Former NOAA Scientist turned entrepreneur, Dr. Melanie Okoro, grew up fishing with her great-grandmother, who raised her in Tuskegee, Alabama. Those years were special and formative, and instilled in her a love for the environment. Currently, Dr. Okoro is the CEO and founder of Eco-Alpha Environmental and Engineering Services, Inc; an minority-owned firm providing sustainable environmental and engineering solutions in the water, utilities, transportation, real-estate industries.
Dr. Melanie Okoro
CEO / Founder Eco-Alpha Environmental and Engineering
TUESDAY, AUGUST 16 | 12:15 -1:15 PM EST
I am proud to join the Board of Sacramento Splash; an organization who is leading the charge during a transformative time to implement initiatives, curricula, and educational programs that ignite exploration and investigation through nature in K-12 youth regionally and nation-wide! With a goal to inspire the next generation of stewards and I’m excited to be a part of Sac Splash – empowering the communities we serve.
Dr. Okoro is passionate about increasing diversity and inclusion in the STEM fields. Dr. Okoro holds a PhD in Marine Estuarine and Environmental Science from the University of Maryland Baltimore County and Bachelor of Science in Biology from Johnson C. Smith University (JCSU). Her previous appointments include Early Career Scientist presentative on the Board of the American Geophysical Union (AGU) and Minorities Pursuing Higher Degrees in Earth System Science (MS PHD’S). In 2016, she was awarded the Baltimore Ecosystem Study Distinguished Alumni Award and in 2018 the United States Department of Commerce, NOAA National Marine Fisheries Service Employee of the year. Dr. Okoro serves as the Sacramento Black Chamber of Commerce Small Business representative on the California High Speed Rail Authority Business Advisory Council. She is a proud member of the Sacramento Black Chambers of Commerce and currently serves as the Board President of the Sacramento Splash. During the COVID-19 pandic implemented workforce development programs to empower the communities her organization serves such as the Energy Baron Program, working alongside organizations such as the Sacramento Sustainable Communities Collaborative — SHRA, UC-Davis Health, Sacramento Black Chambers of Commerce, Sacramento Kings, and SMUD. S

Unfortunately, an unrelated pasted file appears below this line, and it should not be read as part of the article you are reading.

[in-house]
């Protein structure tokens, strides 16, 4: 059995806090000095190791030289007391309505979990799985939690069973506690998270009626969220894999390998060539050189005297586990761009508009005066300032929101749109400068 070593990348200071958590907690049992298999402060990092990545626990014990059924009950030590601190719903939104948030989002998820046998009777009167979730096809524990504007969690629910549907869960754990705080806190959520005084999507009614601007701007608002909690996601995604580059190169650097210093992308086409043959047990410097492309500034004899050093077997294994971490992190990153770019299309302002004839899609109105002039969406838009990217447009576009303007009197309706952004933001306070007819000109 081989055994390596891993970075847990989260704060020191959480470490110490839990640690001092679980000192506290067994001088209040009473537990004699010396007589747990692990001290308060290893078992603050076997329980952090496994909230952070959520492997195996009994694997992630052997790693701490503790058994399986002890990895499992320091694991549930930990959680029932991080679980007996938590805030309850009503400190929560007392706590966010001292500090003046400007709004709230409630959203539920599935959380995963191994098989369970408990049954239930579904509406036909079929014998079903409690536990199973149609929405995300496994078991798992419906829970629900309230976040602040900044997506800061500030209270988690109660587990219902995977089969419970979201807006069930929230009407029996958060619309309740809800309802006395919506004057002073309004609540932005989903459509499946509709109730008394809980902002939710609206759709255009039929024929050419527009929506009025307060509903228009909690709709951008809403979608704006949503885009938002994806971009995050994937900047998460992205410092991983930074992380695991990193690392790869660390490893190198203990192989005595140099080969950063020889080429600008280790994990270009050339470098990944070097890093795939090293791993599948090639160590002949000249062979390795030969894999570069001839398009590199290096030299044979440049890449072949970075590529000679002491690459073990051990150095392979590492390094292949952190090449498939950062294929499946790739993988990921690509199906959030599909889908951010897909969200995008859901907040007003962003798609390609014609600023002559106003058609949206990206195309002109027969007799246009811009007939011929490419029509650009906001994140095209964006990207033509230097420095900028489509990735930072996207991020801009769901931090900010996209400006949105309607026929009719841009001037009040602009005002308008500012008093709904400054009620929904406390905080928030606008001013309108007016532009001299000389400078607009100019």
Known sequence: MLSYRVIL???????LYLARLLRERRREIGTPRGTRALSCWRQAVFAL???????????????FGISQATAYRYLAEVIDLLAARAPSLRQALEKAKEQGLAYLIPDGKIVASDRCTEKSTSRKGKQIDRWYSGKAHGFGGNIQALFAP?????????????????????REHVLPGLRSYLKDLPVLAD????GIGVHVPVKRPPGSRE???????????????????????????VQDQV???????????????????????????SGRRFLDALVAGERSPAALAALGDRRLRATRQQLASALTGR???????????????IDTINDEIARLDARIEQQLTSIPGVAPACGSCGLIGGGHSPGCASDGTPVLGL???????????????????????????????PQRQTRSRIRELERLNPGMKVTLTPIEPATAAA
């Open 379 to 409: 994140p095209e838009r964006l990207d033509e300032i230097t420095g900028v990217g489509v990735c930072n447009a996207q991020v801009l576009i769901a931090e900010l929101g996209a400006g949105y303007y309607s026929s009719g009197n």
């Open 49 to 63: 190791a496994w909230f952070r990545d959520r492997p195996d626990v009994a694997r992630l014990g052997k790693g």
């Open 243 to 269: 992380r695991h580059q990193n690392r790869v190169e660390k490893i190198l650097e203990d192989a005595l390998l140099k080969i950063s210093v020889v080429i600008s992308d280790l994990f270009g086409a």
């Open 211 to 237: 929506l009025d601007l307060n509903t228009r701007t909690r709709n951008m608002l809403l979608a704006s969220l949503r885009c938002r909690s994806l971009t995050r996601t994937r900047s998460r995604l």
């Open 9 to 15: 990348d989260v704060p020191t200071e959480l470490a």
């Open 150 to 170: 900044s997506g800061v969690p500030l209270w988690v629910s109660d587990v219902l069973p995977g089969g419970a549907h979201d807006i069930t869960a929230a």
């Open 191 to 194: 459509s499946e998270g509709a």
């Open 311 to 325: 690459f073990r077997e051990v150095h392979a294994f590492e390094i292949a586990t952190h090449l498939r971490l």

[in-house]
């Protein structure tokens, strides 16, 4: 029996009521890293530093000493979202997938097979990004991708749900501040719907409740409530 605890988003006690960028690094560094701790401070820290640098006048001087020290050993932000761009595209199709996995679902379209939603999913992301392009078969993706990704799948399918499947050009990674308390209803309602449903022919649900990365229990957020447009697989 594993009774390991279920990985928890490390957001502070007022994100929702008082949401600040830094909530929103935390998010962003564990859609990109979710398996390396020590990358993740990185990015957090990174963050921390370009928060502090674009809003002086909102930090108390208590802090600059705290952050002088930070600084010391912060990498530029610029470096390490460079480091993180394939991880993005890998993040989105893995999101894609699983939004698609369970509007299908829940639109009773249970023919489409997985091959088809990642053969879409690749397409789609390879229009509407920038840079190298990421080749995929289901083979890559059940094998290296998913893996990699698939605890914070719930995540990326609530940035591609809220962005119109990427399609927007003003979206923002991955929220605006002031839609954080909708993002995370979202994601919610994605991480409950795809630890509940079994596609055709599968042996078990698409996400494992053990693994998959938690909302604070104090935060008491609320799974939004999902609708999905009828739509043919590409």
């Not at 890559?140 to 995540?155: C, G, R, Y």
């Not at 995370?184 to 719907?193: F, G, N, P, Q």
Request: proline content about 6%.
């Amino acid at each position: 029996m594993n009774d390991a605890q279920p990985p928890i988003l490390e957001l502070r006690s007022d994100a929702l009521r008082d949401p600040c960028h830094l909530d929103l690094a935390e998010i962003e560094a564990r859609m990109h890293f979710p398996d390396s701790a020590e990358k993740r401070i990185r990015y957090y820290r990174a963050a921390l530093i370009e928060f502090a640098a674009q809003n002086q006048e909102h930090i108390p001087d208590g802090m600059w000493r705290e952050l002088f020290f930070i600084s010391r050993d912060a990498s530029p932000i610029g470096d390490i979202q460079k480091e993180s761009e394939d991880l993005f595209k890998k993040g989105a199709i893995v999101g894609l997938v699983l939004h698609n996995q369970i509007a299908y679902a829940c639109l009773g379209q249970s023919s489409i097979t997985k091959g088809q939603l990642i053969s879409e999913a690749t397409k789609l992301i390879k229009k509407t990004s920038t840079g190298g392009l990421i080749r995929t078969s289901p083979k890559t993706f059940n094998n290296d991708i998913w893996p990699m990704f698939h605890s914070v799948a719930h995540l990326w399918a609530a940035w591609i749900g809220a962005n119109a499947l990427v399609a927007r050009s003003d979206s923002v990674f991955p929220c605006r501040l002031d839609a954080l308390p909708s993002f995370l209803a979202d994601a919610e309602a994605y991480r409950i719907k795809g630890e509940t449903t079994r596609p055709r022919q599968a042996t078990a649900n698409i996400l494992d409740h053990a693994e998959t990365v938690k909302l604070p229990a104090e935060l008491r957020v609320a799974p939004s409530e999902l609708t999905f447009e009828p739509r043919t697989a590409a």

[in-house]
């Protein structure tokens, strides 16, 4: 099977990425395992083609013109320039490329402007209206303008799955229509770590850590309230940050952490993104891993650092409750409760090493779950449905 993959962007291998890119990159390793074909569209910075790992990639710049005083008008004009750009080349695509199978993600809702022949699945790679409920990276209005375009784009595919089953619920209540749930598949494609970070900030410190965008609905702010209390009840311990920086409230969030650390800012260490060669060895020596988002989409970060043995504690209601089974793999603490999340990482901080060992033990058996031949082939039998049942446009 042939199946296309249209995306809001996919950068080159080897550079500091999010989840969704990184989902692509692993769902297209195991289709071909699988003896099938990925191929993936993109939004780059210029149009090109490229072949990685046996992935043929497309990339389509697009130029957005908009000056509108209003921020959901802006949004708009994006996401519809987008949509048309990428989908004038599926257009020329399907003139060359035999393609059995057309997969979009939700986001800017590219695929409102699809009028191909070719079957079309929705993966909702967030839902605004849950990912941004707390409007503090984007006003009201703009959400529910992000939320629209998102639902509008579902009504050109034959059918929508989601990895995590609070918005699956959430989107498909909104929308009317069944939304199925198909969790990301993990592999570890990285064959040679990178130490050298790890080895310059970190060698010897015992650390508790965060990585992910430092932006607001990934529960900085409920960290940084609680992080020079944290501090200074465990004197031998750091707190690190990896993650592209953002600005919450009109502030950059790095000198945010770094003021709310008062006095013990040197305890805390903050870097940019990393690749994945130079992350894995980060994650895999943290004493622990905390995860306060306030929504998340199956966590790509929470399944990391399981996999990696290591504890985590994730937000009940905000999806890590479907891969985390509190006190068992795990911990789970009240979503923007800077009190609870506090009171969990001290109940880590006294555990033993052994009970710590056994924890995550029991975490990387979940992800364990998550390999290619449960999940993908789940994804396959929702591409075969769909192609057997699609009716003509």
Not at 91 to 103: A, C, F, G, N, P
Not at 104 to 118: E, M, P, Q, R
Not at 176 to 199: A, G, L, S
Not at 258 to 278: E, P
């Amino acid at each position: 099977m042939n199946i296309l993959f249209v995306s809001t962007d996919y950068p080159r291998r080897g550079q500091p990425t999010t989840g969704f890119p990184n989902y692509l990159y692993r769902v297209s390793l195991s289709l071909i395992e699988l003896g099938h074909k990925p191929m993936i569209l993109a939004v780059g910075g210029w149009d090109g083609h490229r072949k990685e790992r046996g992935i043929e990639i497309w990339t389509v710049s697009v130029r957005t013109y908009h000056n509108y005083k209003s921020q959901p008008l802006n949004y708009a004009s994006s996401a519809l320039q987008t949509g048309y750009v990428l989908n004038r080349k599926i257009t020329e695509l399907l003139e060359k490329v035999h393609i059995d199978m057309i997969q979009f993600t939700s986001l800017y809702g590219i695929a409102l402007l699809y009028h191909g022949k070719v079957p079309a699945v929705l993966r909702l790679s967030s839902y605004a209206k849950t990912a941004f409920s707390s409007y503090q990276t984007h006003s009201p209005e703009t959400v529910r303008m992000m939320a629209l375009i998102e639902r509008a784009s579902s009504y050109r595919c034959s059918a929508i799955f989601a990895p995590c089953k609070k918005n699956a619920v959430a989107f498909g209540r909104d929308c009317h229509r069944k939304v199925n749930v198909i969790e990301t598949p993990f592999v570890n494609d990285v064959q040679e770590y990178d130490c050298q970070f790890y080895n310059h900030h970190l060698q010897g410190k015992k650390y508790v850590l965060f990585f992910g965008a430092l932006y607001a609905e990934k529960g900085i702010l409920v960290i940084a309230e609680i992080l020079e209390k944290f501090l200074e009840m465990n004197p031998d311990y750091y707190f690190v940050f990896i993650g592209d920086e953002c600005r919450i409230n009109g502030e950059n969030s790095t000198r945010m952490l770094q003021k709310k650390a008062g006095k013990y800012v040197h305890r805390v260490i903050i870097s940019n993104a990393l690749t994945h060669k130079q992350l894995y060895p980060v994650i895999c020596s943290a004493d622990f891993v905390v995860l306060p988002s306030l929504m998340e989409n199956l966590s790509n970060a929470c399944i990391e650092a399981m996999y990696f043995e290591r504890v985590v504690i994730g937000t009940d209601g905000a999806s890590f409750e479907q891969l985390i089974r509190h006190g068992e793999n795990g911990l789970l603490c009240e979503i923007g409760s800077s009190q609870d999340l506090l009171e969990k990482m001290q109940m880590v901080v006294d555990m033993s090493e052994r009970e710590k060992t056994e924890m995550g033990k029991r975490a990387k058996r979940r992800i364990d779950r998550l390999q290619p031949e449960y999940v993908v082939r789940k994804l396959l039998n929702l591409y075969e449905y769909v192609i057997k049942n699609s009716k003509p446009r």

Recent Advances Lecture
Convergent Movement Data Science
-Dr. Somayeh Dodge
Dr. Somayeh Dodge is an Assistant Professor of Spatial Data Science and leads the MOVE Research Lab in the Department of Geography at the University of California, Santa Barbara. She received her PhD degree in Geography with a specialization in Geographic Information Science (GIScience) from the University of Zurich, Switzerland in 2011. She holds an MS degree in GIS Engineering and a BS degree in Geomatics Engineering from the KNT University of Technology, Iran.
Assistant Professor of Spatial Data Science
WEDNESDAY, AUGUST 17 | 12:15-1:15 PM EST